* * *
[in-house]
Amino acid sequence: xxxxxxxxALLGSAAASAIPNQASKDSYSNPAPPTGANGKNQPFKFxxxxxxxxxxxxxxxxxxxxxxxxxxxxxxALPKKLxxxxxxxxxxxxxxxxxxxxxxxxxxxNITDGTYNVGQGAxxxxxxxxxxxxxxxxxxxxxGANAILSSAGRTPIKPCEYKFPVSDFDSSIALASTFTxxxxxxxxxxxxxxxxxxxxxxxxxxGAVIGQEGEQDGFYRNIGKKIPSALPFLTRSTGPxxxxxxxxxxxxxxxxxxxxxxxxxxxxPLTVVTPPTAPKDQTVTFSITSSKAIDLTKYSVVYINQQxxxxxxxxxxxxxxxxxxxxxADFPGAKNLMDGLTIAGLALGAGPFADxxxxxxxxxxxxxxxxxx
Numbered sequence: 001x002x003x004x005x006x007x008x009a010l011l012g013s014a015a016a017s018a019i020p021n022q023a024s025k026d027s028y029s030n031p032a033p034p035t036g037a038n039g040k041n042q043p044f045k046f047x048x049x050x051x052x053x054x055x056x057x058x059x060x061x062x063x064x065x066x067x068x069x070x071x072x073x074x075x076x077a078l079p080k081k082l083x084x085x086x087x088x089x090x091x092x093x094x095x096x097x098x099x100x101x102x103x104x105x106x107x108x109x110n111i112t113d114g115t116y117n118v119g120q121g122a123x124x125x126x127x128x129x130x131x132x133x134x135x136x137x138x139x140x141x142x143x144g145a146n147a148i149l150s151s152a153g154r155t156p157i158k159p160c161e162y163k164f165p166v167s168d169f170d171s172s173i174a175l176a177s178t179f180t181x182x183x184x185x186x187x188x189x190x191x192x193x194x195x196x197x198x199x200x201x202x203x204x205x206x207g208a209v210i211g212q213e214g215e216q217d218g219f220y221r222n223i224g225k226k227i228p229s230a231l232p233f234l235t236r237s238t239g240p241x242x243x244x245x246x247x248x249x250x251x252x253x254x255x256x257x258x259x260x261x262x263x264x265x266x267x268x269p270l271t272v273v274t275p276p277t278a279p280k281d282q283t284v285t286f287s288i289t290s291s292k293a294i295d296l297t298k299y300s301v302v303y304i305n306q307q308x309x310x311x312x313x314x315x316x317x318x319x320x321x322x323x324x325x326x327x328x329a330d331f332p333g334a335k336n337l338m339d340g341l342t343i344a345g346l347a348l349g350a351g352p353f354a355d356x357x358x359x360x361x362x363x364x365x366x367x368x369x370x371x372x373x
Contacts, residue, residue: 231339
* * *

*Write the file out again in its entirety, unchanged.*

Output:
[in-house]
Amino acid sequence: xxxxxxxxALLGSAAASAIPNQASKDSYSNPAPPTGANGKNQPFKFxxxxxxxxxxxxxxxxxxxxxxxxxxxxxxALPKKLxxxxxxxxxxxxxxxxxxxxxxxxxxxNITDGTYNVGQGAxxxxxxxxxxxxxxxxxxxxxGANAILSSAGRTPIKPCEYKFPVSDFDSSIALASTFTxxxxxxxxxxxxxxxxxxxxxxxxxxGAVIGQEGEQDGFYRNIGKKIPSALPFLTRSTGPxxxxxxxxxxxxxxxxxxxxxxxxxxxxPLTVVTPPTAPKDQTVTFSITSSKAIDLTKYSVVYINQQxxxxxxxxxxxxxxxxxxxxxADFPGAKNLMDGLTIAGLALGAGPFADxxxxxxxxxxxxxxxxxx
Numbered sequence: 001x002x003x004x005x006x007x008x009a010l011l012g013s014a015a016a017s018a019i020p021n022q023a024s025k026d027s028y029s030n031p032a033p034p035t036g037a038n039g040k041n042q043p044f045k046f047x048x049x050x051x052x053x054x055x056x057x058x059x060x061x062x063x064x065x066x067x068x069x070x071x072x073x074x075x076x077a078l079p080k081k082l083x084x085x086x087x088x089x090x091x092x093x094x095x096x097x098x099x100x101x102x103x104x105x106x107x108x109x110n111i112t113d114g115t116y117n118v119g120q121g122a123x124x125x126x127x128x129x130x131x132x133x134x135x136x137x138x139x140x141x142x143x144g145a146n147a148i149l150s151s152a153g154r155t156p157i158k159p160c161e162y163k164f165p166v167s168d169f170d171s172s173i174a175l176a177s178t179f180t181x182x183x184x185x186x187x188x189x190x191x192x193x194x195x196x197x198x199x200x201x202x203x204x205x206x207g208a209v210i211g212q213e214g215e216q217d218g219f220y221r222n223i224g225k226k227i228p229s230a231l232p233f234l235t236r237s238t239g240p241x242x243x244x245x246x247x248x249x250x251x252x253x254x255x256x257x258x259x260x261x262x263x264x265x266x267x268x269p270l271t272v273v274t275p276p277t278a279p280k281d282q283t284v285t286f287s288i289t290s291s292k293a294i295d296l297t298k299y300s301v302v303y304i305n306q307q308x309x310x311x312x313x314x315x316x317x318x319x320x321x322x323x324x325x326x327x328x329a330d331f332p333g334a335k336n337l338m339d340g341l342t343i344a345g346l347a348l349g350a351g352p353f354a355d356x357x358x359x360x361x362x363x364x365x366x367x368x369x370x371x372x373x
Contacts, residue, residue: 231339